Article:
American Society of Civil Engineers


Innovative Hi-Tech Solution for a Concrete Residential High-Rise Tower


by Saiful Islam, (Saiful/Bouquet Structural Engineers, Inc., Pasadena, CA), Matthew Skokan, (Saiful/Bouquet Structural Engineers, Inc., Pasadena, CA), and Sampson Huang, (Saiful/Bouquet Structural Engineers, Inc., Pasadena, CA)
Section: Selected Building Case Studies, pp. 1-10, (doi:  http://dx.doi.org/10.1061/40889(201)43)

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Document type: Conference Proceeding Paper
Part of: Structures Congress 2006: Structural Engineering and Public Safety
Abstract: This paper describes the innovative seismic retrofit of the Webb Tower located on the campus of the University of Southern California in Los Angeles. The existing 14-story residential structure was constructed circa 1972 using light-weight concrete. The lateral system for the building consists of perimeter non-ductile post-tensioned concrete moment frames supported on isolated spread footings. A preliminary evaluation of the building revealed several seismic deficiencies, including the following: (1) non-ductile detailing, (2) excessive building deflection and (3) joint shear overstress. After considering several alternate retrofit schemes, a unique retrofit scheme was developed utilizing a single bay of buckling-restrained steel braces in combination with a reinforced concrete beam-column frame on each side of the building. The selection of this system provides several advantages for this project over other retrofit schemes, including: (1) provides partial views from the existing windows, (2) requires significantly less demolition than an interior scheme, (3) more cost-effective than an interior solution, (4) reduces building drift and demands on the non-ductile moment frames, and (5) buckling-restrained braces do not exhibit strength degrading and aesthetically unacceptable post-buckling deformations. A three-dimensional nonlinear computer model was developed capable of capturing the nonlinear behavior of the buckling-restrained braces, the existing concrete beams and columns with consideration for the post-tensioning effect, and the new concrete beams and columns. The seismic performance of the retrofitted building was investigated by time history analyses using seven sets of ground motion records.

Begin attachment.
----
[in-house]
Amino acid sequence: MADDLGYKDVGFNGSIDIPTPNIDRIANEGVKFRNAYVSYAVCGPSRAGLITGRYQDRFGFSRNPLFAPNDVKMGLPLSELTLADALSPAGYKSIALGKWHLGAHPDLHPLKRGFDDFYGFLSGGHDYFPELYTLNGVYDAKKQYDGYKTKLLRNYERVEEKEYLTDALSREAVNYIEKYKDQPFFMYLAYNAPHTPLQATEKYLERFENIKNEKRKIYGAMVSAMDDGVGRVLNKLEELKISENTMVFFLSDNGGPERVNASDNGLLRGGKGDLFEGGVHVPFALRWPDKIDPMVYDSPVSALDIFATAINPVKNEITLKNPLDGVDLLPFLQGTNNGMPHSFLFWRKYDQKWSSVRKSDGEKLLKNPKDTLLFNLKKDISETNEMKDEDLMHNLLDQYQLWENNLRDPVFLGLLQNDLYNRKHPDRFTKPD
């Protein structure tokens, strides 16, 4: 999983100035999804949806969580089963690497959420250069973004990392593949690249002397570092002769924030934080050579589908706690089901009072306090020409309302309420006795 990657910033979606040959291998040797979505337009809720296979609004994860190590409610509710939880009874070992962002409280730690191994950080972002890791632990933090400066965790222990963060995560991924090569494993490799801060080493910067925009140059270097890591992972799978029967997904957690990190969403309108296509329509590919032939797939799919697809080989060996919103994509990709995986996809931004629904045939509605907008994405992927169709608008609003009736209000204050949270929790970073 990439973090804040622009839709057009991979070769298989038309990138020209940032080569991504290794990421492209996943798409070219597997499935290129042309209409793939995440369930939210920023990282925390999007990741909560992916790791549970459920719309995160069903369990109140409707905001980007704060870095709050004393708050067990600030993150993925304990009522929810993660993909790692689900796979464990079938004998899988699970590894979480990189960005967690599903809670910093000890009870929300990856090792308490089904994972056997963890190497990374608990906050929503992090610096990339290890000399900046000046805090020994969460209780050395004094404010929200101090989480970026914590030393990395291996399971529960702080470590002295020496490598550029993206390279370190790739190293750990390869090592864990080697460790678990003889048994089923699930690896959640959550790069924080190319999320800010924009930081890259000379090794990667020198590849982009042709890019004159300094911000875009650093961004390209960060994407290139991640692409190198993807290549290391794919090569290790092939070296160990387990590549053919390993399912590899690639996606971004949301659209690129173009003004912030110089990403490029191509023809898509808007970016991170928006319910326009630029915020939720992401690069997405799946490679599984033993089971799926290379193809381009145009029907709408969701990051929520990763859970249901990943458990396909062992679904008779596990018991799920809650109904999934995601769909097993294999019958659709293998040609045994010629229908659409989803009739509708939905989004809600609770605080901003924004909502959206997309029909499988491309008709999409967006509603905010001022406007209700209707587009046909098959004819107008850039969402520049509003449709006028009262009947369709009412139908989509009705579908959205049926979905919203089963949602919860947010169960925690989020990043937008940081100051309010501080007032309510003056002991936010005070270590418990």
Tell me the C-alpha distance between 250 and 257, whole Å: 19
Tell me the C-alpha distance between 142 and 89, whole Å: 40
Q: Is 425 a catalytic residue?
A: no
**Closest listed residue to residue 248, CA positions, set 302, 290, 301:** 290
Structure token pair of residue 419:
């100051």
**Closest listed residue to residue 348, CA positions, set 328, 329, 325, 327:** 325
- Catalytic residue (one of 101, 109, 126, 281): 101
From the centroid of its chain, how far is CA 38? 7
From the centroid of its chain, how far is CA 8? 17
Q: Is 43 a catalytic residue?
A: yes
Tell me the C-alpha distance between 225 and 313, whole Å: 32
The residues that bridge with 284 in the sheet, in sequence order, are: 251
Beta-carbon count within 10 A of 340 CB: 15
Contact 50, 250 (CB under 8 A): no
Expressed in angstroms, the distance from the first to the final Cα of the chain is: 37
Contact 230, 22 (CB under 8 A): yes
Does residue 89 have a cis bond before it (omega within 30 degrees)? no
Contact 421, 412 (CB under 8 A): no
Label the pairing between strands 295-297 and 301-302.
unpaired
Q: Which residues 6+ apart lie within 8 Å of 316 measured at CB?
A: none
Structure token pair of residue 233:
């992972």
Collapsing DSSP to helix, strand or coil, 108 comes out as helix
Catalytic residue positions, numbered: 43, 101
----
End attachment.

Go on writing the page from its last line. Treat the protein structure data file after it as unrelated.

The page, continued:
ASCE Subject Headings:
Concrete structures
High-rise buildings
Residential buildings
Towers